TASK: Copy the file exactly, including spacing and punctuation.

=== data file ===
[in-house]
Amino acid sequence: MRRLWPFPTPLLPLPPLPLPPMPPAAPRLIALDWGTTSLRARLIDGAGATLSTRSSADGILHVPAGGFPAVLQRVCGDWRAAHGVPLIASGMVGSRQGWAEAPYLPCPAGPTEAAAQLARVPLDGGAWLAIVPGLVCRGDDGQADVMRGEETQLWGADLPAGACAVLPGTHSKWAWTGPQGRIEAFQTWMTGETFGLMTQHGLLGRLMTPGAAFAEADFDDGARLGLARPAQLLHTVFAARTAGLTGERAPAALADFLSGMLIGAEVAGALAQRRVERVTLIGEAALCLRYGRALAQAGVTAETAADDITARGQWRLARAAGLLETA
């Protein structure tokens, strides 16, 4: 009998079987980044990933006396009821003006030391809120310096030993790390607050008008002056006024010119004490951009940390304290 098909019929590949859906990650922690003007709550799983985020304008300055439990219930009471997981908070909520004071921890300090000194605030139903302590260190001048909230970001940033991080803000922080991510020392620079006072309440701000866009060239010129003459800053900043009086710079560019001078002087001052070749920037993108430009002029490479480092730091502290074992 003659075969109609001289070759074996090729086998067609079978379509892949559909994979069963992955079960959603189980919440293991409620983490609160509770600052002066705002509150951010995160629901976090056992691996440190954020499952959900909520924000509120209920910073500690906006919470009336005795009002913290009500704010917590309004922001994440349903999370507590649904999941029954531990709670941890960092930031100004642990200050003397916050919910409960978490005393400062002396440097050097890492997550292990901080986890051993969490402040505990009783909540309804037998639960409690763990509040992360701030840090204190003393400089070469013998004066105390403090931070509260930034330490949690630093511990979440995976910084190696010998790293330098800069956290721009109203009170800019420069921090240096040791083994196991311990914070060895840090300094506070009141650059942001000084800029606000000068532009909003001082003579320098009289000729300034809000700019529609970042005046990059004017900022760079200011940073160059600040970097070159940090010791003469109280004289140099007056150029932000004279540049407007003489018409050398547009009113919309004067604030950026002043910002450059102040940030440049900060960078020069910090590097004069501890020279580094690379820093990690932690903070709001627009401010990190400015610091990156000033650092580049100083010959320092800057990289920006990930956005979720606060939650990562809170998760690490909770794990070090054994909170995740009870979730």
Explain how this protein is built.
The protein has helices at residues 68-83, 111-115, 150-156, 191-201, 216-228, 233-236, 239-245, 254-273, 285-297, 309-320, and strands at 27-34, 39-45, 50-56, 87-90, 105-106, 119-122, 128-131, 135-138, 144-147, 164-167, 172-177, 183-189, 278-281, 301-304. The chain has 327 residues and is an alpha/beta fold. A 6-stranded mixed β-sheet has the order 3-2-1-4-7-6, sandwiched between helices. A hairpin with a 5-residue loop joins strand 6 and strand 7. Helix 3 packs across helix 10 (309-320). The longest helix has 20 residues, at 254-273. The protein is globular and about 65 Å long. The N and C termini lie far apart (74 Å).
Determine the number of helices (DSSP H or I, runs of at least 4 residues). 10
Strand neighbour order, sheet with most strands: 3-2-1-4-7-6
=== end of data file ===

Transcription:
[in-house]
Amino acid sequence: MRRLWPFPTPLLPLPPLPLPPMPPAAPRLIALDWGTTSLRARLIDGAGATLSTRSSADGILHVPAGGFPAVLQRVCGDWRAAHGVPLIASGMVGSRQGWAEAPYLPCPAGPTEAAAQLARVPLDGGAWLAIVPGLVCRGDDGQADVMRGEETQLWGADLPAGACAVLPGTHSKWAWTGPQGRIEAFQTWMTGETFGLMTQHGLLGRLMTPGAAFAEADFDDGARLGLARPAQLLHTVFAARTAGLTGERAPAALADFLSGMLIGAEVAGALAQRRVERVTLIGEAALCLRYGRALAQAGVTAETAADDITARGQWRLARAAGLLETA
């Protein structure tokens, strides 16, 4: 009998079987980044990933006396009821003006030391809120310096030993790390607050008008002056006024010119004490951009940390304290 098909019929590949859906990650922690003007709550799983985020304008300055439990219930009471997981908070909520004071921890300090000194605030139903302590260190001048909230970001940033991080803000922080991510020392620079006072309440701000866009060239010129003459800053900043009086710079560019001078002087001052070749920037993108430009002029490479480092730091502290074992 003659075969109609001289070759074996090729086998067609079978379509892949559909994979069963992955079960959603189980919440293991409620983490609160509770600052002066705002509150951010995160629901976090056992691996440190954020499952959900909520924000509120209920910073500690906006919470009336005795009002913290009500704010917590309004922001994440349903999370507590649904999941029954531990709670941890960092930031100004642990200050003397916050919910409960978490005393400062002396440097050097890492997550292990901080986890051993969490402040505990009783909540309804037998639960409690763990509040992360701030840090204190003393400089070469013998004066105390403090931070509260930034330490949690630093511990979440995976910084190696010998790293330098800069956290721009109203009170800019420069921090240096040791083994196991311990914070060895840090300094506070009141650059942001000084800029606000000068532009909003001082003579320098009289000729300034809000700019529609970042005046990059004017900022760079200011940073160059600040970097070159940090010791003469109280004289140099007056150029932000004279540049407007003489018409050398547009009113919309004067604030950026002043910002450059102040940030440049900060960078020069910090590097004069501890020279580094690379820093990690932690903070709001627009401010990190400015610091990156000033650092580049100083010959320092800057990289920006990930956005979720606060939650990562809170998760690490909770794990070090054994909170995740009870979730």
Explain how this protein is built.
The protein has helices at residues 68-83, 111-115, 150-156, 191-201, 216-228, 233-236, 239-245, 254-273, 285-297, 309-320, and strands at 27-34, 39-45, 50-56, 87-90, 105-106, 119-122, 128-131, 135-138, 144-147, 164-167, 172-177, 183-189, 278-281, 301-304. The chain has 327 residues and is an alpha/beta fold. A 6-stranded mixed β-sheet has the order 3-2-1-4-7-6, sandwiched between helices. A hairpin with a 5-residue loop joins strand 6 and strand 7. Helix 3 packs across helix 10 (309-320). The longest helix has 20 residues, at 254-273. The protein is globular and about 65 Å long. The N and C termini lie far apart (74 Å).
Determine the number of helices (DSSP H or I, runs of at least 4 residues). 10
Strand neighbour order, sheet with most strands: 3-2-1-4-7-6